He made up [Mr. Knickerbocker] the author, wrote the book, and made sure that it came out on the feast day of Sinterklaas (St. Nicholas), who was much loved by NY's Dutch colonists. The good saint had always been pictured as a tall, thin bishop riding a white horse - that is, until W.I., in his book, gave us a stout, jolly St. Nick, who 'rode over the tops of the trees, in that self-same wagon wherein he brings his yearly presents to children.'"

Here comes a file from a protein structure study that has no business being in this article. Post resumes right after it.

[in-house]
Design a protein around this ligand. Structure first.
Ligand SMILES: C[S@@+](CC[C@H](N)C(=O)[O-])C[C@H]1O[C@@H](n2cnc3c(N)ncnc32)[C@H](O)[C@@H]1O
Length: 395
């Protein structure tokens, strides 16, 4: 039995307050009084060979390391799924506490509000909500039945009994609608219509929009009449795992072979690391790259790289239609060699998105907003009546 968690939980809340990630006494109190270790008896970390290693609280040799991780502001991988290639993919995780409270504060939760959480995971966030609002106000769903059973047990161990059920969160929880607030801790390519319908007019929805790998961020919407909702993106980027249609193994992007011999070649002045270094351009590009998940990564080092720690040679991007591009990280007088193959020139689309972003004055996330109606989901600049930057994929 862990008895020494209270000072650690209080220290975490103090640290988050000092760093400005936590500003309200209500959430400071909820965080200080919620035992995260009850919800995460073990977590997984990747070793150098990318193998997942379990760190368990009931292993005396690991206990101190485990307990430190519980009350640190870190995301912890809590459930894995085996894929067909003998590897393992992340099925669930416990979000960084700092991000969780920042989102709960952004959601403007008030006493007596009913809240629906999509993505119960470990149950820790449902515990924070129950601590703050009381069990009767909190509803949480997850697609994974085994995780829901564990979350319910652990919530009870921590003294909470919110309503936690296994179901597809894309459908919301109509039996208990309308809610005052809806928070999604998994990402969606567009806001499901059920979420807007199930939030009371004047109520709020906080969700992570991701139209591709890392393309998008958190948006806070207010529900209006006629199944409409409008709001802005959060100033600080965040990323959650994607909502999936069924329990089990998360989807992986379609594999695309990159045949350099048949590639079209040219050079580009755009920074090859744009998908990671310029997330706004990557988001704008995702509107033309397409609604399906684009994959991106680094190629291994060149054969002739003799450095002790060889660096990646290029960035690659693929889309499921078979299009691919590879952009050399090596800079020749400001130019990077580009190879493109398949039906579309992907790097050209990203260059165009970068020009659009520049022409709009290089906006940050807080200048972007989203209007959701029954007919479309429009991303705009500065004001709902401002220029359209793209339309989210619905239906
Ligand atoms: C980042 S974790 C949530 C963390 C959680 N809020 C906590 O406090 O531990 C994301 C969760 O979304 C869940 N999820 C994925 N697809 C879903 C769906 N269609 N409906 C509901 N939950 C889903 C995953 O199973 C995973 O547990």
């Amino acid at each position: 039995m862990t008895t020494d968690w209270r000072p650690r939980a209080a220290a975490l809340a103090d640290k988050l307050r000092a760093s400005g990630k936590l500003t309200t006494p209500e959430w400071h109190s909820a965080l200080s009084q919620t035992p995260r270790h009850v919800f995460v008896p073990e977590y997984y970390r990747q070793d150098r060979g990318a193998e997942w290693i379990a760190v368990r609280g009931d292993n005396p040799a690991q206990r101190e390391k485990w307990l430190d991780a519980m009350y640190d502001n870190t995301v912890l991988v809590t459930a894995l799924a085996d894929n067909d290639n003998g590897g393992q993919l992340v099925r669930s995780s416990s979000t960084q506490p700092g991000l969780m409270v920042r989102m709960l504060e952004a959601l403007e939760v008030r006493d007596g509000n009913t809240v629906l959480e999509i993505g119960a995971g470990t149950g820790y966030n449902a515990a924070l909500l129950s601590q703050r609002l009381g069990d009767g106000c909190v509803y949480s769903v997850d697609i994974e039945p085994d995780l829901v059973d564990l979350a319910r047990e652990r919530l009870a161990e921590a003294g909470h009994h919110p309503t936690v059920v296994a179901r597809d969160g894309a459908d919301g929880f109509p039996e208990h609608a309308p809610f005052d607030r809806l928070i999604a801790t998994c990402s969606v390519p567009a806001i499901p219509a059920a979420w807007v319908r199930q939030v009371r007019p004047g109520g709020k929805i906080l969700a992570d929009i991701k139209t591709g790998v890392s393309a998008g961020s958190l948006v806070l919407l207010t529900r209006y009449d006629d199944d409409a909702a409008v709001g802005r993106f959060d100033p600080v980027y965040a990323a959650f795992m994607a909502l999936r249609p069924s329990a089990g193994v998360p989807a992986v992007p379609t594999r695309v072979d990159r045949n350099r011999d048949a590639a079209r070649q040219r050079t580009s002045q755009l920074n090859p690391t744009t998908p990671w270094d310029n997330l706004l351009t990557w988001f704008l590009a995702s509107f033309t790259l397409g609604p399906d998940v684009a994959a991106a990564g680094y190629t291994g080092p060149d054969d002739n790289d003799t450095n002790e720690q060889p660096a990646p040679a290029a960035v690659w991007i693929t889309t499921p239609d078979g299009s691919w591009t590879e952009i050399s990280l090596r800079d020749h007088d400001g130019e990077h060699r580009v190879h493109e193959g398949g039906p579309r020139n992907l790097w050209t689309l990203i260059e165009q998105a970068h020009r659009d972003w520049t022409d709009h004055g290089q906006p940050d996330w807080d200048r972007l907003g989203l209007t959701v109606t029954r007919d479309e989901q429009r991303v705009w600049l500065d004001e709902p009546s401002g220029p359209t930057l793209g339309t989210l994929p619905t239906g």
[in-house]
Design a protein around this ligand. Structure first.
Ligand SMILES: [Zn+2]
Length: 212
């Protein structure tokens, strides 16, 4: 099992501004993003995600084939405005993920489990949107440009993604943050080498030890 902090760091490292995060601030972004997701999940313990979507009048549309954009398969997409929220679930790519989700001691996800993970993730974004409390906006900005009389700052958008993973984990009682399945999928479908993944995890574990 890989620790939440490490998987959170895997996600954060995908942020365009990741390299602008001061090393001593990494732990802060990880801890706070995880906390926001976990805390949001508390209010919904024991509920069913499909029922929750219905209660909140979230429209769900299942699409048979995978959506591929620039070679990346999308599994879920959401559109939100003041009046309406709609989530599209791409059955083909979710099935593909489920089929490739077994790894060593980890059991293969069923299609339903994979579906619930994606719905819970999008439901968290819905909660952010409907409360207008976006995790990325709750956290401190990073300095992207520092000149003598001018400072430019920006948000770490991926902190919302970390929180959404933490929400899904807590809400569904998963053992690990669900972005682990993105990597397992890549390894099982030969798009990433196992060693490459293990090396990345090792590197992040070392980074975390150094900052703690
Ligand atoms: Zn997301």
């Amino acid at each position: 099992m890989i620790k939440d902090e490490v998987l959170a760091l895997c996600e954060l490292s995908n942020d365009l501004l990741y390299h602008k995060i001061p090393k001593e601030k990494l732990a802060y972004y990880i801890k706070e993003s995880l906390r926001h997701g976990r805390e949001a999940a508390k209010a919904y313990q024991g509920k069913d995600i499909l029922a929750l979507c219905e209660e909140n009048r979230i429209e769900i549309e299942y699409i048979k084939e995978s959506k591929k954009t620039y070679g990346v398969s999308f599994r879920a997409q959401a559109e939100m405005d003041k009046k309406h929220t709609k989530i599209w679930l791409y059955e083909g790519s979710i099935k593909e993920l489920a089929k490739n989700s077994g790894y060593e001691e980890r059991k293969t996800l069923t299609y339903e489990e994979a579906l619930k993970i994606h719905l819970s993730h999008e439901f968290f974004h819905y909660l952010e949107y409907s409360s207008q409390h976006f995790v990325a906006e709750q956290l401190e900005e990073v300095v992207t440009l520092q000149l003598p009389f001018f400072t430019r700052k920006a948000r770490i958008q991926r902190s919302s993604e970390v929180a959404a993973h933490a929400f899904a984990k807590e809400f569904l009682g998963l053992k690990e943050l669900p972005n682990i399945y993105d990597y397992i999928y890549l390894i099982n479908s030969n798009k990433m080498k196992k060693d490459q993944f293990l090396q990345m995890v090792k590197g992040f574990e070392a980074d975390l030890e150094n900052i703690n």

The above is a passage from my picture book bio of bon vivant, diplomat Washington Irving, published a few years back by the Nat'l Geographic Society, quoted here in honor of my book, of course, AND this being St. Nicholas Day, and my wanting to point out that Clement Clarke Moore got his notion of jolly St. Nick from Wash Irving, America's first international celebrity author, who also wrote the spooky Legend of Sleepy Hollow; who, by the way, almost singlehandedly popularized the notion of a traditional, wassail-slurping, mistletoe-smooching, sleigh-riding, Yule-log-flickering, Merrie Olde English Christmas.
|Sgt. Alfred Joyce Kilmer|